Back to School: As COVID restrictions ease, parents say other health concerns linger

Even though classrooms are seeing relaxed COVID-19 restrictions ahead of the school year, parents say they still have concerns that include cyberbullying, isolation since the pandemic and the fear of school shootings.

News 12 Staff

Aug 30, 2022, 10:22 PM

Updated 633 days ago


For the first time since the pandemic started, schools are starting to see relaxed COVID-19 restrictions in classrooms.
Hudson Valley parents told News 12 that they were hoping for a school year “with not too much COVID drama again.”
Some parents say they are concerned about other viruses, such as polio and monkeypox.
Dr. Sandra Kesh, an infectious disease expert, says if your children are vaccinated for polio, you can relax.
"For children who are immunocompromised or who can't get vaccinated for other reasons, they should take extra measures," she said. "Just [pay] extra caution to who your kids are playing with, what sort of environment you have them in.”
She says you should also take those steps if your children haven't completed their polio vaccination series.
When it comes to monkeypox, only children with rare immunodeficiencies can get the vaccine right now – but the Centers for Disease Control and Prevention say children have a low risk of contracting the virus.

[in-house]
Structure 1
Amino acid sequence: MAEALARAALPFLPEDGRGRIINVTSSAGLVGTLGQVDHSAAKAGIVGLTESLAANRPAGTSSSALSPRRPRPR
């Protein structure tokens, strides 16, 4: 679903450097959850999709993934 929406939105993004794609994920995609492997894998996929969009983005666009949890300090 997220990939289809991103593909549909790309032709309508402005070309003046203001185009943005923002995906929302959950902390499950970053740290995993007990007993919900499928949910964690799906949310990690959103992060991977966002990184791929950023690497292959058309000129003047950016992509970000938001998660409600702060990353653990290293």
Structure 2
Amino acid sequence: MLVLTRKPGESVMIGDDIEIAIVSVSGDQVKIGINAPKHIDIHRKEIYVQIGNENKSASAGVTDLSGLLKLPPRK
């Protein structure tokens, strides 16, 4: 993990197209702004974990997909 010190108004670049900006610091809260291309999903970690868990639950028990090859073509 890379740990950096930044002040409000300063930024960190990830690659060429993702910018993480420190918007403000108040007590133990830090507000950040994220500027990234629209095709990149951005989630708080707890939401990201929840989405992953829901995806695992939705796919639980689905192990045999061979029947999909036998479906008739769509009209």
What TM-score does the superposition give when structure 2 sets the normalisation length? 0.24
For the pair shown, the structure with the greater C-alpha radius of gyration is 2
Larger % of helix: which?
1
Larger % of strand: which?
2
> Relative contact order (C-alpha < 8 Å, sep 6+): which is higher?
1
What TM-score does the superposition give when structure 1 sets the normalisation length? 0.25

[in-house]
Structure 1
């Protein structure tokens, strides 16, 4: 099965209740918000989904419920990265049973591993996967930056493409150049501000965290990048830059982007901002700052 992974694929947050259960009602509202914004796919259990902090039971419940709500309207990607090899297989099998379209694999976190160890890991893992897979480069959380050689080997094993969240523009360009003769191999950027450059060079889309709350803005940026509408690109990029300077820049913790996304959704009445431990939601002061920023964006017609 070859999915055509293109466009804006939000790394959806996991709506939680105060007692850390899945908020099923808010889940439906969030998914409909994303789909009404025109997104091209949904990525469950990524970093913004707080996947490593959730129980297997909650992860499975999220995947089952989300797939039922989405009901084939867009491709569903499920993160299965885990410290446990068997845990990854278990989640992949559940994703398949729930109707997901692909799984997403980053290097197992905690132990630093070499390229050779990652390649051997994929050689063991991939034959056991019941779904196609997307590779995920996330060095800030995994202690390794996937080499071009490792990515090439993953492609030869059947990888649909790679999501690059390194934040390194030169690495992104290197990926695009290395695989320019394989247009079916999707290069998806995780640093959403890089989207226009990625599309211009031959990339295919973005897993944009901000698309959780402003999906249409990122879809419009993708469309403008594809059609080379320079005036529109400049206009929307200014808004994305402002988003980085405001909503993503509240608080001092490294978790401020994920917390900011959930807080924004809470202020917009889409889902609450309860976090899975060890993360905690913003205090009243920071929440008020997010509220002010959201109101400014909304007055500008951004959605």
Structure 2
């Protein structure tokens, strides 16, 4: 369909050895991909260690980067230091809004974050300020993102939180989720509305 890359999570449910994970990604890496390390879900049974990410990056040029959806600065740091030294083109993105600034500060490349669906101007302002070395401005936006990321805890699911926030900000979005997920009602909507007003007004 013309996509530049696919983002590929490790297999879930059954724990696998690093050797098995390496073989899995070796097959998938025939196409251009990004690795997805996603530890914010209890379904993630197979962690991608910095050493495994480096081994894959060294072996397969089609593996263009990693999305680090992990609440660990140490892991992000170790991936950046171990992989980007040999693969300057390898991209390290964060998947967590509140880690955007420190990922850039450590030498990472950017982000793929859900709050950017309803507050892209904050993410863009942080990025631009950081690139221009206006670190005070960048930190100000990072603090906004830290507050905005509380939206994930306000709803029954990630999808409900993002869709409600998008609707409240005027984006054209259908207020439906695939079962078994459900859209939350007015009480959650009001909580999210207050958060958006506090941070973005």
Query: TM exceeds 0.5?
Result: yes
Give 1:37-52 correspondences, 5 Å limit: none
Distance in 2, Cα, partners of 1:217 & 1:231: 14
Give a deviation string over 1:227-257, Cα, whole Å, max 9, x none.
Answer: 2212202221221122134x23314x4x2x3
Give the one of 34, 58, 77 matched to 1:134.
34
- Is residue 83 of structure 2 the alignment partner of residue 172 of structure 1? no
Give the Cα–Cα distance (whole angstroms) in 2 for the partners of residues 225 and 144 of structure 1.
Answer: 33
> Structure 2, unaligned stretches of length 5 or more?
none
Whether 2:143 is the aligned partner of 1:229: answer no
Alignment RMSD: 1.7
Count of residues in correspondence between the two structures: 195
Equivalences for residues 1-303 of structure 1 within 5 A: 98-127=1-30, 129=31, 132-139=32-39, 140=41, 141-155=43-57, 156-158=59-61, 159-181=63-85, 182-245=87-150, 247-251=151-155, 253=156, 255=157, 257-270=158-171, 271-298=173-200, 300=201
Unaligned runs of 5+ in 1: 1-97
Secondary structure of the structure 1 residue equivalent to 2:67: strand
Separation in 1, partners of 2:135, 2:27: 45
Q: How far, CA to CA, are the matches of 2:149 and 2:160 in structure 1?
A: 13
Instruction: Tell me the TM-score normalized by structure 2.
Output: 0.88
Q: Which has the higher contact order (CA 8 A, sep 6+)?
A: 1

Health professionals say there is the chance for transmission in school through direct contact with the infectious rash, scabs or body fluids.
“It is a scenario that we do worry about," says Kesh. "[Schools] can't sit on the sidelines. There needs to be education, awareness, consistent enforcement of school policies and procedures."
Dr. Eric Byrne, the superintendent of Rye schools and the president of the council representing all 78 public school districts in Westchester, Putnam, Dutchess and Rockland counties, says they are prepared to keep students safe.
"We've made changes to how we clean buildings, how we filter air…we've become really good at pivoting," he said. "Those kinds of practices that helped us navigate the pandemic are going to help us continue to navigate future public health issues."
Based on guidance from health officials, Byrne is not overly concerned about outbreaks of polio or monkeypox in schools.
"The reality is that New York state has had a pretty robust immunization requirement for many years," he said.
But COVID shots are not required. Data shows that more than 70% of students ages 12-17 are vaccinated in the Mid-Hudson region. But it’s less than 40% for students ages 5-11.
Byrne says parents should not send their children to school if they are sick.

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